OUTSIDE OF Dublin, County Galway saw the most significant action of the 1916 Rising, and Galway's role in 1916, as well as the War of Independence and the Civil War, will be examined in a major new exhibition.
Revolution in Galway, 1913-1923 will be officially launched in the Galway City Museum this evening at 6.30pm. The exhibition is drawn from artifacts, photographs, documents, and memorabilia from individuals, communities, rganisations, and national cultural institutions, including a 'green ensign' flown from Moon's Corner during the visit of King Edward VII to Galway in 1903; a German Mauser from the Asgard; items belonging to Liam Mellows who lead the Western Rising, including a chess piece carved in Mountjoy Gaol before his execution in 1922; an RIC revolver captured during an IRA ambush at Merlin Park in 1920; a biretta belonging to Fr Michael Griffin; an autograph book from Ballykinlar internment camp belonging to volunteer Martin Crowe from Bohermore; and a bronze bust of Éamonn Ceannt by Domhnall Ó Murchadha.
The exhibition will also include a short silent presentation about the Galway Rising, a touch screen interactive with further information on people, places and memories of the local Rising, and a reading of the Proclamation by Galwegians, native and adopted. Each section within the exhibition has also been reproduced as a graphic novel for younger audiences.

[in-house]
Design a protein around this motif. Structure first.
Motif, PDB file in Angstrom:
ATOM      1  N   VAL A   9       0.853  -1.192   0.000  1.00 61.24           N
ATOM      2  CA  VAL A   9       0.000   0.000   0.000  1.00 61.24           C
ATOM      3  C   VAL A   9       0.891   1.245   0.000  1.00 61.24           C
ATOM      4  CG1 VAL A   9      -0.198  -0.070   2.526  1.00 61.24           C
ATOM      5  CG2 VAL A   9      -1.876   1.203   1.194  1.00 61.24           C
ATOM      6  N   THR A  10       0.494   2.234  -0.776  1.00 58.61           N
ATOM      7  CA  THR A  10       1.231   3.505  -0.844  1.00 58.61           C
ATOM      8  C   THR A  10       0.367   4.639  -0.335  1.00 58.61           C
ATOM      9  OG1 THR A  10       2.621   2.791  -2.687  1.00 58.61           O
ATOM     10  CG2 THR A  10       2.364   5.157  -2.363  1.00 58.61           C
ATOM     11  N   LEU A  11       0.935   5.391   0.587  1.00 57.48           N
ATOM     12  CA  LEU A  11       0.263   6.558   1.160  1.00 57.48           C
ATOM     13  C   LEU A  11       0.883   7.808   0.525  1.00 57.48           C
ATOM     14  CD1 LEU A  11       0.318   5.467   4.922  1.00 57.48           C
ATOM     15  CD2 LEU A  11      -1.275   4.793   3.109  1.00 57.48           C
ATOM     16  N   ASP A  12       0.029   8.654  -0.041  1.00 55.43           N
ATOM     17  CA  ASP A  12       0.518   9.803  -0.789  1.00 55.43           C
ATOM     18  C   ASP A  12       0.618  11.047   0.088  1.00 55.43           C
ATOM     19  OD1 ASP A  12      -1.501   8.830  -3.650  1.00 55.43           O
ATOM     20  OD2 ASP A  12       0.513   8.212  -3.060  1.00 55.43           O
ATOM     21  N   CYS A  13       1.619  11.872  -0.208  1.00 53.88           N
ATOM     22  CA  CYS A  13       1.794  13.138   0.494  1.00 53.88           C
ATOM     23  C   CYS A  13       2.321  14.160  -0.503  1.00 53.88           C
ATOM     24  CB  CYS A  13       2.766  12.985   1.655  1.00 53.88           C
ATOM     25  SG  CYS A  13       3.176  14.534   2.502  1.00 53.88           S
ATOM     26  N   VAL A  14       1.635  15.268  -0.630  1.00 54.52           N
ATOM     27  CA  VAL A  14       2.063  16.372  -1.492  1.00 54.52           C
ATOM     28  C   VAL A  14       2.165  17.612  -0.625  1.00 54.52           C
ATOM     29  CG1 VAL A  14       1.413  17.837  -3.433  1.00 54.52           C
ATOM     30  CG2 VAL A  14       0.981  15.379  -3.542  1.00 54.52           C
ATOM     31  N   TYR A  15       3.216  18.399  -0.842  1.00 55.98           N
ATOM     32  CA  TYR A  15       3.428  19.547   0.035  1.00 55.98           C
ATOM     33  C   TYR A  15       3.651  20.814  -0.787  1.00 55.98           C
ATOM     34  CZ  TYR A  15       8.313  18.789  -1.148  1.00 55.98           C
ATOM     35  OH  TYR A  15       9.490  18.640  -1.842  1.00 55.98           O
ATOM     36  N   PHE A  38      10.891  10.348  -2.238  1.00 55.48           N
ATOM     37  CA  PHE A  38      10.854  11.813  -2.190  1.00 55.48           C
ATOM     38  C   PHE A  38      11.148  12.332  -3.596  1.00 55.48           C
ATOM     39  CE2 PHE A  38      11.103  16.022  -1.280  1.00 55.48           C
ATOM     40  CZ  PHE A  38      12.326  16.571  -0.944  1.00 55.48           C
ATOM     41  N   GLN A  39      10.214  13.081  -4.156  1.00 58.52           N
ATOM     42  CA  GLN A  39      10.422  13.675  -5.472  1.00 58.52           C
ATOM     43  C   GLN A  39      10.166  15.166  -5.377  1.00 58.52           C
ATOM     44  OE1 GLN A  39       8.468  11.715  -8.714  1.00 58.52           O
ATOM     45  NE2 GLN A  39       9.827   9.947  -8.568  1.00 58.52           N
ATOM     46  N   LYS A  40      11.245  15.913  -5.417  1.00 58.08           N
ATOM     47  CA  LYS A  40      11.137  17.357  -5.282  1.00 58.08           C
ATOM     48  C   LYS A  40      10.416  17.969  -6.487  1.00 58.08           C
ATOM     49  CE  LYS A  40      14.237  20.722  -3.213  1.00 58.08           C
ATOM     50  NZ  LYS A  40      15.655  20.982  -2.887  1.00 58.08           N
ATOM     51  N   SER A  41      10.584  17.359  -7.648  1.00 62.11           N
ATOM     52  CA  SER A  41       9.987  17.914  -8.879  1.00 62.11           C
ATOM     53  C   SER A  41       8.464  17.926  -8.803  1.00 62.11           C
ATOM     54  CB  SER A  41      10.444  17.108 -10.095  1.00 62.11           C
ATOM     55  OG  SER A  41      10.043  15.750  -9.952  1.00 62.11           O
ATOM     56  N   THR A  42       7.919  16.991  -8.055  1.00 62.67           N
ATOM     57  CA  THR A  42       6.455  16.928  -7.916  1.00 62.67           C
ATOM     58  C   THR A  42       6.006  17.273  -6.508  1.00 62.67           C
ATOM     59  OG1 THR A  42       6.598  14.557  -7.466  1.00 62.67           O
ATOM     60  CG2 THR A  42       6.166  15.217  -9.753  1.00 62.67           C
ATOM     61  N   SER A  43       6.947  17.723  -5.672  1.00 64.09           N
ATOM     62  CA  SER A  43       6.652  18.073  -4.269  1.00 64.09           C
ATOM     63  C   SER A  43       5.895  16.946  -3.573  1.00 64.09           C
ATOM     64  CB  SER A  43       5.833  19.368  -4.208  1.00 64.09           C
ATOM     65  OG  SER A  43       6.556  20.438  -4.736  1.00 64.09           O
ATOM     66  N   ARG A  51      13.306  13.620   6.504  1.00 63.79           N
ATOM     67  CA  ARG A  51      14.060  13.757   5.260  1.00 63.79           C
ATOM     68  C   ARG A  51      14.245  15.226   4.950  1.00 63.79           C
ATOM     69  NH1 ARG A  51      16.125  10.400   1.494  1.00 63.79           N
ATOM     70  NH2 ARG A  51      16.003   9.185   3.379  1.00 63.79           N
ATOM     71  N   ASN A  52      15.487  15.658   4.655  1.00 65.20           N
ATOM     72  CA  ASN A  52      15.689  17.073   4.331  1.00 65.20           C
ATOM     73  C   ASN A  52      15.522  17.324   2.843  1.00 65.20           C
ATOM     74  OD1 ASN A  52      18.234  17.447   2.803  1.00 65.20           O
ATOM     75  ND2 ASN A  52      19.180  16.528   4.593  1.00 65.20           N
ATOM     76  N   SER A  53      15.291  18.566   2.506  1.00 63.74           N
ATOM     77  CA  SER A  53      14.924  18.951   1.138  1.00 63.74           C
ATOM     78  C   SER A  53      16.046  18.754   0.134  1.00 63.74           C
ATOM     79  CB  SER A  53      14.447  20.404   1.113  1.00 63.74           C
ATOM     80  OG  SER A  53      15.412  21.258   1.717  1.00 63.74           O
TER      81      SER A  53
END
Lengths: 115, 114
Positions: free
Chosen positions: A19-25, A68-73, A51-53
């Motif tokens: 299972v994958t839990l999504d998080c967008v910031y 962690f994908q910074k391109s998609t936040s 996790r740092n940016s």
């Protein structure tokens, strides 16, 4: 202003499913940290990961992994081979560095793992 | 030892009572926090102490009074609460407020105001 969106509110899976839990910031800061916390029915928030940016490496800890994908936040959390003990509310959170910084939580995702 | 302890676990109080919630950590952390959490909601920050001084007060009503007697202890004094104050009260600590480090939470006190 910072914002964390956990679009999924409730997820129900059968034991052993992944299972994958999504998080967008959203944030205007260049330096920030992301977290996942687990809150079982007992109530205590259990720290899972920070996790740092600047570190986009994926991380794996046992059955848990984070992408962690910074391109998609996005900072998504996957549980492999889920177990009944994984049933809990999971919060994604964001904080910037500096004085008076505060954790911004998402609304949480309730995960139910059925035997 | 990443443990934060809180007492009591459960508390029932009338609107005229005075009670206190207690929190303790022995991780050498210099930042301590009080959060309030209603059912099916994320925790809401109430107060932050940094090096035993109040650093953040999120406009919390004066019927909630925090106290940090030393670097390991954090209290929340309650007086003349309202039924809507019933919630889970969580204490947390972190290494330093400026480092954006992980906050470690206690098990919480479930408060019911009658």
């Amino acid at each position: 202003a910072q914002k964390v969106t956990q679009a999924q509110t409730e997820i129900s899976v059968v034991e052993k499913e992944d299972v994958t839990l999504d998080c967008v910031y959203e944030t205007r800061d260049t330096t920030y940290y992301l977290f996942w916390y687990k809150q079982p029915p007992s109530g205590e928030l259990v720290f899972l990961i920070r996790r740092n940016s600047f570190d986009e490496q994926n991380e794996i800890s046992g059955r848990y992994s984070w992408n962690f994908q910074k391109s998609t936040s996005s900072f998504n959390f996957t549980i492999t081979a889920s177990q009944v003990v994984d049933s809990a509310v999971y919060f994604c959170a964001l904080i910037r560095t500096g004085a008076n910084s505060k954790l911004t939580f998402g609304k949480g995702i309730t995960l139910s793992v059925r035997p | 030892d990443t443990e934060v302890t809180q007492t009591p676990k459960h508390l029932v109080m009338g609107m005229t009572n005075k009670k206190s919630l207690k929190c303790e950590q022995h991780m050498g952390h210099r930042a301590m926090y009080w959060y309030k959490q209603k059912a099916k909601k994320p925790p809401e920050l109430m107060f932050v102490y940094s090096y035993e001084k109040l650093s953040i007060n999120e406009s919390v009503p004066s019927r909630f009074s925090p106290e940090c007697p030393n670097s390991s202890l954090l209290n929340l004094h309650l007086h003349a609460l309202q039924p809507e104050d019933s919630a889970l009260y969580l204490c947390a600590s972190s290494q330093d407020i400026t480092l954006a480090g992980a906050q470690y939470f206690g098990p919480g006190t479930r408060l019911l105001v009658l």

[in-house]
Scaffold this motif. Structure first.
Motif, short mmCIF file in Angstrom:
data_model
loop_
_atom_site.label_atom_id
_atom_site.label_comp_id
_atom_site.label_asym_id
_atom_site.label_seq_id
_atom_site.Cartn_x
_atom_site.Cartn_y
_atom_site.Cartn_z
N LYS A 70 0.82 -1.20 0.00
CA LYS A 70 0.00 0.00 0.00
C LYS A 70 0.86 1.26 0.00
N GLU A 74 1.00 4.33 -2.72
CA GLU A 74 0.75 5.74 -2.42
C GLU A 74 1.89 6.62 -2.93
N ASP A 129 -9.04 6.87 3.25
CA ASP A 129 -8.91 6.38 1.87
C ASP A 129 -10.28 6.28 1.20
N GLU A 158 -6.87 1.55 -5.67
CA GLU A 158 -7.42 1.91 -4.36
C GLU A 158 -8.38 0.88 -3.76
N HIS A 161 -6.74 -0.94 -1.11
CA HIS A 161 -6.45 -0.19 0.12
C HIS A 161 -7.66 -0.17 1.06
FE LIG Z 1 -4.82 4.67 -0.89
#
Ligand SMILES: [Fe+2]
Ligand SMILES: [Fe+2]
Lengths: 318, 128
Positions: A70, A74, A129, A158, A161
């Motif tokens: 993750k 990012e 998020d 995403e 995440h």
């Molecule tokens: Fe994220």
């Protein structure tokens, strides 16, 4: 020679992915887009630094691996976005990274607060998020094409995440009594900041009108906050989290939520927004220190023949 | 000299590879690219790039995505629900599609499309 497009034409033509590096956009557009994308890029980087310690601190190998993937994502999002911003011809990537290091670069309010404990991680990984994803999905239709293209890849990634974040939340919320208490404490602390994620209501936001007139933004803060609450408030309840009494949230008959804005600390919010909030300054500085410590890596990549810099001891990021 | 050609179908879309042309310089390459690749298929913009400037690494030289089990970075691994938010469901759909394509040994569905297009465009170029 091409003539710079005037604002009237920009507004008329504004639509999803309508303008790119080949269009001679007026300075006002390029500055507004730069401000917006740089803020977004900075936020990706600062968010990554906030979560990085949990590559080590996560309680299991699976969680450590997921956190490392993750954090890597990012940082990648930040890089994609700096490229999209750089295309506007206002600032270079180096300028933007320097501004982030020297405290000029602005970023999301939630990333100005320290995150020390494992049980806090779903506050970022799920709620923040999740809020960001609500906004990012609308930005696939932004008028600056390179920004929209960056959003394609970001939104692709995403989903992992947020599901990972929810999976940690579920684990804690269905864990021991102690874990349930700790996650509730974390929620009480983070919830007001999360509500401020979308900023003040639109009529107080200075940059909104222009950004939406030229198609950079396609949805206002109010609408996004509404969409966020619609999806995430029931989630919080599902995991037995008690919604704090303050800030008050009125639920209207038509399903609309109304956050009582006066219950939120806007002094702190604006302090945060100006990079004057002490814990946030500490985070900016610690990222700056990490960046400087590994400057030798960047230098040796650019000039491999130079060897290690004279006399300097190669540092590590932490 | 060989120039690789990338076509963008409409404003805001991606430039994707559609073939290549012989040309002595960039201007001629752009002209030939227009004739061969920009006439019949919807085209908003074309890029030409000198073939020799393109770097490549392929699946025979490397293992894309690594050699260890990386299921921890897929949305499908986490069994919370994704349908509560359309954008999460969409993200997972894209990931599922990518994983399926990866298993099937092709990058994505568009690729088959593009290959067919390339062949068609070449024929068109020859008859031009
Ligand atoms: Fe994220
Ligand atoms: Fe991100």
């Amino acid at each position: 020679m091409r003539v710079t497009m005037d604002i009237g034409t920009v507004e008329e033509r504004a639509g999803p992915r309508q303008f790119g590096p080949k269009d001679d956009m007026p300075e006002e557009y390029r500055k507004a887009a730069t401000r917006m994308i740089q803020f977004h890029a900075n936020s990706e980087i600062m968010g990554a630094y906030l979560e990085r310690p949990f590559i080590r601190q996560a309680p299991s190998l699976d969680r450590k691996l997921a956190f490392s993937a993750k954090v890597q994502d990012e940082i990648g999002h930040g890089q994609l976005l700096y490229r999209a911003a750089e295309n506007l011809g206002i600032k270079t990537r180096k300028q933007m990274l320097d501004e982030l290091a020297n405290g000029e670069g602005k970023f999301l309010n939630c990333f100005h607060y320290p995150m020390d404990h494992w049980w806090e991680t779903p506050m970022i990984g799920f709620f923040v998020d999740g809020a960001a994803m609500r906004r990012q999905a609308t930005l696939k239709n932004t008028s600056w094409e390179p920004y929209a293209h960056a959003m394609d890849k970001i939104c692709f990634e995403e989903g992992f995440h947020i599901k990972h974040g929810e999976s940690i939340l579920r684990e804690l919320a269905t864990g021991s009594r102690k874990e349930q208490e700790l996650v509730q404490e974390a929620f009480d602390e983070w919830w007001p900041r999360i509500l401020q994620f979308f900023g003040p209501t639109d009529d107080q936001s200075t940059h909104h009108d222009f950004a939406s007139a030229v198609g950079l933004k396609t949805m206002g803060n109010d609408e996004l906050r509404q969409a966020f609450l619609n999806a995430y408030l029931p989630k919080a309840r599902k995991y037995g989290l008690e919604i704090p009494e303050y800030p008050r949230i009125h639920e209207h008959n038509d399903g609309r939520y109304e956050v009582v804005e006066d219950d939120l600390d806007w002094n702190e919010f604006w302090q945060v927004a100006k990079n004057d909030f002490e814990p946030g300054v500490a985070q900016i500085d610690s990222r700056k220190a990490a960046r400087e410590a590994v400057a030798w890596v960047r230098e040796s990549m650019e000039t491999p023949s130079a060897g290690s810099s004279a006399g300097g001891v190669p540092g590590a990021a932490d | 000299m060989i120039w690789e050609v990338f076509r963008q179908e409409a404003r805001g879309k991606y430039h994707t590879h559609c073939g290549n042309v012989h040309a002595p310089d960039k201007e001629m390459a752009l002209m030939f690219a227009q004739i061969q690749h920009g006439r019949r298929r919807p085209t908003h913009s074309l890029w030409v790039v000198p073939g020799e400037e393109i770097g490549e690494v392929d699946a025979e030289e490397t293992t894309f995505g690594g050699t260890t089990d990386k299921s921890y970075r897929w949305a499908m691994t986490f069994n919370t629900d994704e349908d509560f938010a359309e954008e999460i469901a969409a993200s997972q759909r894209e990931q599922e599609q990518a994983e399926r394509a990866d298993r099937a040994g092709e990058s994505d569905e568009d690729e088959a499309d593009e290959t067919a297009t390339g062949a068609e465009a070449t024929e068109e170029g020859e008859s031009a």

While Dublin saw the main activity of the Rising, Brendan McGowan of the Galway City Museum said Galway's contribution cannot be discounted. "The Rising in Galway has been relegated to a mere footnote in the history of the revolutionary period," he said. "This is despite the fact that between 500 and 700 volunteers alongside 50 members of Cumann na mBan were active in Galway during Easter Week - a number greater than that of the GPO Garrison!"
"Without Galway, the Rising would truly have been a Dublin affair but the West gave it a national significance. The Galway rebels held the greatest landmass during the Rising. In the aftermath more than a sixth of the 1,800 or so detained in Frongoch, Wales were Galwegians."
Galway has other important connections to the Rising: Proclamation-signatory Éamonn Ceannt was a Galwayman, as was Thomas Clarke's father, while Patrick Pearse had strong connections to Connemara. There were also many Galwegians active in the capital during Easter Week.